Three points A, B and C lie in this order on a line, and P is any point in the plane. Use the Cosine Rule to prove the following statement.

Show that if you add 1 to the product of four consecutive numbers the answer is ALWAYS a perfect square.

The nth term of a sequence is given by the formula n^3 + 11n . Find the first four terms of the sequence given by this formula and the first term of the sequence which is bigger than one million. . . .

Take any pair of two digit numbers x=ab and y=cd where, without loss of generality, ab > cd . Form two 4 digit numbers r=abcd and s=cdab and calculate: {r^2 - s^2} /{x^2 - y^2}.

This article invites you to get familiar with a strategic game called "sprouts". The game is simple enough for younger children to understand, and has also provided experienced mathematicians with. . . .

Prove that if a^2+b^2 is a multiple of 3 then both a and b are multiples of 3.

Prove that the internal angle bisectors of a triangle will never be perpendicular to each other.

Try to solve this very difficult problem and then study our two suggested solutions. How would you use your knowledge to try to solve variants on the original problem?

Imagine we have four bags containing a large number of 1s, 4s, 7s and 10s. What numbers can we make?

A little bit of algebra explains this 'magic'. Ask a friend to pick 3 consecutive numbers and to tell you a multiple of 3. Then ask them to add the four numbers and multiply by 67, and to tell you. . . .

Can you explain why a sequence of operations always gives you perfect squares?

I start with a red, a green and a blue marble. I can trade any of my marbles for two others, one of each colour. Can I end up with five more blue marbles than red after a number of such trades?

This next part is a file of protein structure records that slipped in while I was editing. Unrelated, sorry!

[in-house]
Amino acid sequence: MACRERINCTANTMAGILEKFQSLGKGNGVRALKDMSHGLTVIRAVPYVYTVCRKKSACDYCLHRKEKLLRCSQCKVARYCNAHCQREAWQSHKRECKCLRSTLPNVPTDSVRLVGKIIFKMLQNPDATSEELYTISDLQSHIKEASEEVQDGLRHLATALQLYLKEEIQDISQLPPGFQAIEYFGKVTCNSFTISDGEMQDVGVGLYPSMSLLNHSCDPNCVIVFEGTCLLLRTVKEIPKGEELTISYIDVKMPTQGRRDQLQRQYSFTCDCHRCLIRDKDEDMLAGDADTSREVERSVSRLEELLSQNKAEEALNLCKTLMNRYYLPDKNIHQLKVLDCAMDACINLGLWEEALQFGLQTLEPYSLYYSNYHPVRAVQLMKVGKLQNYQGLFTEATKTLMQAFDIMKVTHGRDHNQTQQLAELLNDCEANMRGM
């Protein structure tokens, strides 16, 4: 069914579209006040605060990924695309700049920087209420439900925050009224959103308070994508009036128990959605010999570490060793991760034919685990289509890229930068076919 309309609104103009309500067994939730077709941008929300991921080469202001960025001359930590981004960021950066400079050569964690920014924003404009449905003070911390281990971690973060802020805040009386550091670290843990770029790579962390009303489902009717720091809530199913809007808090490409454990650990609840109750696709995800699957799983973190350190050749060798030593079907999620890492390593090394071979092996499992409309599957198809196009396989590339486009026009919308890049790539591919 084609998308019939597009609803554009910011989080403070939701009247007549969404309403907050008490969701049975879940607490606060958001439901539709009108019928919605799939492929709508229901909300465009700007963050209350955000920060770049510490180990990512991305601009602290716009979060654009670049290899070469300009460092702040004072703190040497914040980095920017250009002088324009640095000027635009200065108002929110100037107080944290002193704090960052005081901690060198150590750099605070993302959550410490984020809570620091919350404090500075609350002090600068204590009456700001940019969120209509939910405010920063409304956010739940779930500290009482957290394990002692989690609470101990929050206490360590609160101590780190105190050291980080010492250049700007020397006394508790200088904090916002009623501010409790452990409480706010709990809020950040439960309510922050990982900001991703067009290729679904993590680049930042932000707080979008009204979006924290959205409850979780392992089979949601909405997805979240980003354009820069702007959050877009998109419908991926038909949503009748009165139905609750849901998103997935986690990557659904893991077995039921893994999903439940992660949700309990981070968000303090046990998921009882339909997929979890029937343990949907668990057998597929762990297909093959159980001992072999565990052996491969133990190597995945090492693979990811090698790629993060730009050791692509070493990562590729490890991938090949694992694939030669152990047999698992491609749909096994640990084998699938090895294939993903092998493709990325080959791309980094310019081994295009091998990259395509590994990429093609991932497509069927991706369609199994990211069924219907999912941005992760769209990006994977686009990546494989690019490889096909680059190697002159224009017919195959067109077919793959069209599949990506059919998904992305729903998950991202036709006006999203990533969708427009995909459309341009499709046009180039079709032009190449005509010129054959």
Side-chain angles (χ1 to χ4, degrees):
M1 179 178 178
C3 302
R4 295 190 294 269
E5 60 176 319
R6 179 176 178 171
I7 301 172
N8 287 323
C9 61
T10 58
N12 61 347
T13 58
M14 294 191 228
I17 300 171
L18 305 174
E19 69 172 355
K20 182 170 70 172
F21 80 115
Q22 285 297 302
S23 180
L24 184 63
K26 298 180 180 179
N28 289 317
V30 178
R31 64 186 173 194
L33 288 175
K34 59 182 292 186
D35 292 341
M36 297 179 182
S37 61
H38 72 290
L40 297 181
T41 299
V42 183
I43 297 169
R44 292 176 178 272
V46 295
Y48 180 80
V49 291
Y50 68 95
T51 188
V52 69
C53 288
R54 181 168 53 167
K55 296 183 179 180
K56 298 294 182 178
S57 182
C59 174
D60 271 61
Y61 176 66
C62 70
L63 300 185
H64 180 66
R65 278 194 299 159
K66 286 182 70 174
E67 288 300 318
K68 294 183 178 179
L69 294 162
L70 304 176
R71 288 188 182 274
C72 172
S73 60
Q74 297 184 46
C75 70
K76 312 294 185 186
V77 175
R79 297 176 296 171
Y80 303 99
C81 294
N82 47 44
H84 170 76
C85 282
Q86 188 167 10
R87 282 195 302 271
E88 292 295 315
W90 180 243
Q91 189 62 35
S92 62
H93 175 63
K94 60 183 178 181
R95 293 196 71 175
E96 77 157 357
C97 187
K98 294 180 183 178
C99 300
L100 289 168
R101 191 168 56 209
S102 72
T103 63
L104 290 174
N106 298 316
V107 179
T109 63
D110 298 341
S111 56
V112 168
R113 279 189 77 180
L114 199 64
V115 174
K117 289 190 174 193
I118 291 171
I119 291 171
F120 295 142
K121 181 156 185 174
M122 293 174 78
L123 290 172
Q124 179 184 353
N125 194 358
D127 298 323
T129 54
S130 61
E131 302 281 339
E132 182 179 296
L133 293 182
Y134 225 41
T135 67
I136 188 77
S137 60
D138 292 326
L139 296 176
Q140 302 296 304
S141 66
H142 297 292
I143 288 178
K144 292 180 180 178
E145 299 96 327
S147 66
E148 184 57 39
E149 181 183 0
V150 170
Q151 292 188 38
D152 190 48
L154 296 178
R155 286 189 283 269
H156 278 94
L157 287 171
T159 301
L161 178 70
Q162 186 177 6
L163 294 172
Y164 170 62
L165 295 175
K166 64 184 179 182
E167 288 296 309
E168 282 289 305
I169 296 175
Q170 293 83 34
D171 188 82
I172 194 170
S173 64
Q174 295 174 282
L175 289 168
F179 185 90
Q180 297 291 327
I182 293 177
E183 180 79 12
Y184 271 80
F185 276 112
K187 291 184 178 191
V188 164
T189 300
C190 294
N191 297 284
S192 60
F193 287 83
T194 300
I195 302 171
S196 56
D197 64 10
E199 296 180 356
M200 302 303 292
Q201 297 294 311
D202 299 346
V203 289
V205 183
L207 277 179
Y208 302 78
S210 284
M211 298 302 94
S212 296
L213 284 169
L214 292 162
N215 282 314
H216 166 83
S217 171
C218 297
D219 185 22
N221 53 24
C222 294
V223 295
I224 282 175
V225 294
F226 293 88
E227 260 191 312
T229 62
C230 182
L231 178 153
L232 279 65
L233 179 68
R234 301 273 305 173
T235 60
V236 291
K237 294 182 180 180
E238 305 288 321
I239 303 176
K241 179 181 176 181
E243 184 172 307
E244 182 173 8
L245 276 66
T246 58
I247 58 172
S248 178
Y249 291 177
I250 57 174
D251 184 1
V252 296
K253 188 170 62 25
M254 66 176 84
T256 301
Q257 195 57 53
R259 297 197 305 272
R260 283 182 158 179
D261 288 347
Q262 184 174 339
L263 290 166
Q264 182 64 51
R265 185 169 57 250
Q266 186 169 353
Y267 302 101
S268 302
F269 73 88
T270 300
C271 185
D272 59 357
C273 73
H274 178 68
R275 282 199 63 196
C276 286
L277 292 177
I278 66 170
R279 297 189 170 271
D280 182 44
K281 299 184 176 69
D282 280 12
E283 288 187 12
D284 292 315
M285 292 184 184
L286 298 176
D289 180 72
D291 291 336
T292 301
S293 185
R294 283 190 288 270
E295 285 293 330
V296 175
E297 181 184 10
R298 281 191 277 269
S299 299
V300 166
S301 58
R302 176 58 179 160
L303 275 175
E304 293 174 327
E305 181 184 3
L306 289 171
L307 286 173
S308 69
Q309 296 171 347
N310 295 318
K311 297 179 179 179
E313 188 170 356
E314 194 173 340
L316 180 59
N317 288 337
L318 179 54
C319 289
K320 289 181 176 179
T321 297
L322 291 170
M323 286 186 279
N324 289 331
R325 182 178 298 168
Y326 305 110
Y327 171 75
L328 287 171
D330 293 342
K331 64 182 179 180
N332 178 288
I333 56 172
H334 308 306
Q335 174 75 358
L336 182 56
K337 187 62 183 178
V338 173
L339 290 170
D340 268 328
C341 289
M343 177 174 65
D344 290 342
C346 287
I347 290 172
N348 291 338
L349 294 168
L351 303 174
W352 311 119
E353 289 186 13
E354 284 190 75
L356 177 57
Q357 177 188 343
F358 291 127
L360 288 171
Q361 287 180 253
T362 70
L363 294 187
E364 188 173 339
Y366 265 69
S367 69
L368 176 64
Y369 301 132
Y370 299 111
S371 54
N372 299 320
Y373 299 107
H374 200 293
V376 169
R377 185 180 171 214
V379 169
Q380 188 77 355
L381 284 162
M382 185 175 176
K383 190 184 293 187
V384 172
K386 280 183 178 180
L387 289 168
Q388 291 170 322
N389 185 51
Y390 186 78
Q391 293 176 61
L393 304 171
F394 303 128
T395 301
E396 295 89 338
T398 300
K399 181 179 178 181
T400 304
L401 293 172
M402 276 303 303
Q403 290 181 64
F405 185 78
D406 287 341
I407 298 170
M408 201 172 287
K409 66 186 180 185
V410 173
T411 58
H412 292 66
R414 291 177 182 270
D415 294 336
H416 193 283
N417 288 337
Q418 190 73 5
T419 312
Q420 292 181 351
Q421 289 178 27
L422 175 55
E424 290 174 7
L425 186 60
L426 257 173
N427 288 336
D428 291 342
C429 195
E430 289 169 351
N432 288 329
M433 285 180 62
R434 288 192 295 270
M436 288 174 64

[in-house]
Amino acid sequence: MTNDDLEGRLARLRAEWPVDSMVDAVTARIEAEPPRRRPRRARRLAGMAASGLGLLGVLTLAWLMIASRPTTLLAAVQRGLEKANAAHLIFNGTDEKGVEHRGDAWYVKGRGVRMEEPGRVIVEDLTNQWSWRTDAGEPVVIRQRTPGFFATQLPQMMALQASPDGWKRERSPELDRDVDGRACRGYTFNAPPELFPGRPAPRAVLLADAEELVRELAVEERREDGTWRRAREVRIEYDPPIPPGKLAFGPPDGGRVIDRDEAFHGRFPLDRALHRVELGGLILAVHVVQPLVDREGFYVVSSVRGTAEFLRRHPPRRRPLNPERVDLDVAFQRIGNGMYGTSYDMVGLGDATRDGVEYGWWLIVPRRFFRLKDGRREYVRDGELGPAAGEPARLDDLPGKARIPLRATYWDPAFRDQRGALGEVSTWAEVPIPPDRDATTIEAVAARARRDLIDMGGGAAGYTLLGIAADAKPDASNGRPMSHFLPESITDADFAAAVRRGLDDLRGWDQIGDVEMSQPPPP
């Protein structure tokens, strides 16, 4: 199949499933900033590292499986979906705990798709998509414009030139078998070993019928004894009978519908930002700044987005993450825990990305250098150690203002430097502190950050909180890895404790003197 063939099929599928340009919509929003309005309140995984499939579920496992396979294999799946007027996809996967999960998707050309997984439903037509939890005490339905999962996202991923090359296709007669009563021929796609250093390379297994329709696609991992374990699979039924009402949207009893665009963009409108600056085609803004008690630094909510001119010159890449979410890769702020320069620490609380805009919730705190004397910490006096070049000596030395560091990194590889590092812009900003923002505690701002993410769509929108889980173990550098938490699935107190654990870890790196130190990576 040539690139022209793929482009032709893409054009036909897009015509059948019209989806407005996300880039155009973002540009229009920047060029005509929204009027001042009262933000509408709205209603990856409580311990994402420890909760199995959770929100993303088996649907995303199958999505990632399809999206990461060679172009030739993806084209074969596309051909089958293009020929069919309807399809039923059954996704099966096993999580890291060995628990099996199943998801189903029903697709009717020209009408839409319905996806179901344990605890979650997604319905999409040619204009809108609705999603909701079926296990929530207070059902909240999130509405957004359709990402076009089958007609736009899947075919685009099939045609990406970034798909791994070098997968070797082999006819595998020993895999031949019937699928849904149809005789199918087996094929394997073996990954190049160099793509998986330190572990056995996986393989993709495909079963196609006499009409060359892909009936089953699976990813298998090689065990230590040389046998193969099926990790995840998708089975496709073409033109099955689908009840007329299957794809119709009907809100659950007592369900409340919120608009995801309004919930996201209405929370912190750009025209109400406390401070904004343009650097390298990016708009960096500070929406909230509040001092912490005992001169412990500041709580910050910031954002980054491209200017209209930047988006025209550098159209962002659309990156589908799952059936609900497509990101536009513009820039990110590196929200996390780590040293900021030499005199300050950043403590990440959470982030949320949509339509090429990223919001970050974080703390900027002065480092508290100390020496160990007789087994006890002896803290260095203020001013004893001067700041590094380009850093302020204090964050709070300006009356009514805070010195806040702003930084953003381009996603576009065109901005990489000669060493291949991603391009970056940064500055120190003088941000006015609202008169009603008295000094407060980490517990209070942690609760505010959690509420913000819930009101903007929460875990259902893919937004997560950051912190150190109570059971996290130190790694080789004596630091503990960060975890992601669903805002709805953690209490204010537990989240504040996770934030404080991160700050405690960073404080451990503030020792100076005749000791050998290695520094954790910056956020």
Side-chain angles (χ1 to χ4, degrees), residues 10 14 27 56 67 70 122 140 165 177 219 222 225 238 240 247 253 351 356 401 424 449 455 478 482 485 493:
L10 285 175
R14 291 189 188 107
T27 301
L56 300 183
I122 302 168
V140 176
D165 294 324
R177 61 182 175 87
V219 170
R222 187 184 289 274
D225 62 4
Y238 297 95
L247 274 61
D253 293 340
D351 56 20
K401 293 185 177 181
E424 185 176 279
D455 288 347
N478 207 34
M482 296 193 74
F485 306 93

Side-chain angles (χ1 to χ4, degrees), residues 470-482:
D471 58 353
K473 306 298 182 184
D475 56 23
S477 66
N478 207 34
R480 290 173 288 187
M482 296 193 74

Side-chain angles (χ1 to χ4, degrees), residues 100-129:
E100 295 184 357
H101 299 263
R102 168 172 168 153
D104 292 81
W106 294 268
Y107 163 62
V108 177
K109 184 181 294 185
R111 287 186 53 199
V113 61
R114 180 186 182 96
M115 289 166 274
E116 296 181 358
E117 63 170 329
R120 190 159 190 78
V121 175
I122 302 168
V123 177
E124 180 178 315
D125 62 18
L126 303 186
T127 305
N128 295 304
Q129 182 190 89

I start with a red, a blue, a green and a yellow marble. I can trade any of my marbles for three others, one of each colour. Can I end up with exactly two marbles of each colour?

Arrange the numbers 1 to 16 into a 4 by 4 array. Choose a number. Cross out the numbers on the same row and column. Repeat this process. Add up you four numbers. Why do they always add up to 34?

If a two digit number has its digits reversed and the smaller of the two numbers is subtracted from the larger, prove the difference can never be prime.

Can you rearrange the cards to make a series of correct mathematical statements?

Imagine we have four bags containing numbers from a sequence. What numbers can we make now?

When is it impossible to make number sandwiches?

Pick a square within a multiplication square and add the numbers on each diagonal. What do you notice?

What is the largest number of intersection points that a triangle and a quadrilateral can have?

Six points are arranged in space so that no three are collinear. How many line segments can be formed by joining the points in pairs?

In this 7-sandwich: 7 1 3 1 6 4 3 5 7 2 4 6 2 5 there are 7 numbers between the 7s, 6 between the 6s etc. The article shows which values of n can make n-sandwiches and which cannot.

Patterns that repeat in a line are strangely interesting. How many types are there and how do you tell one type from another?

L triominoes can fit together to make larger versions of themselves. Is every size possible to make in this way?

An iterative method for finding the value of the Golden Ratio with explanations of how this involves the ratios of Fibonacci numbers and continued fractions.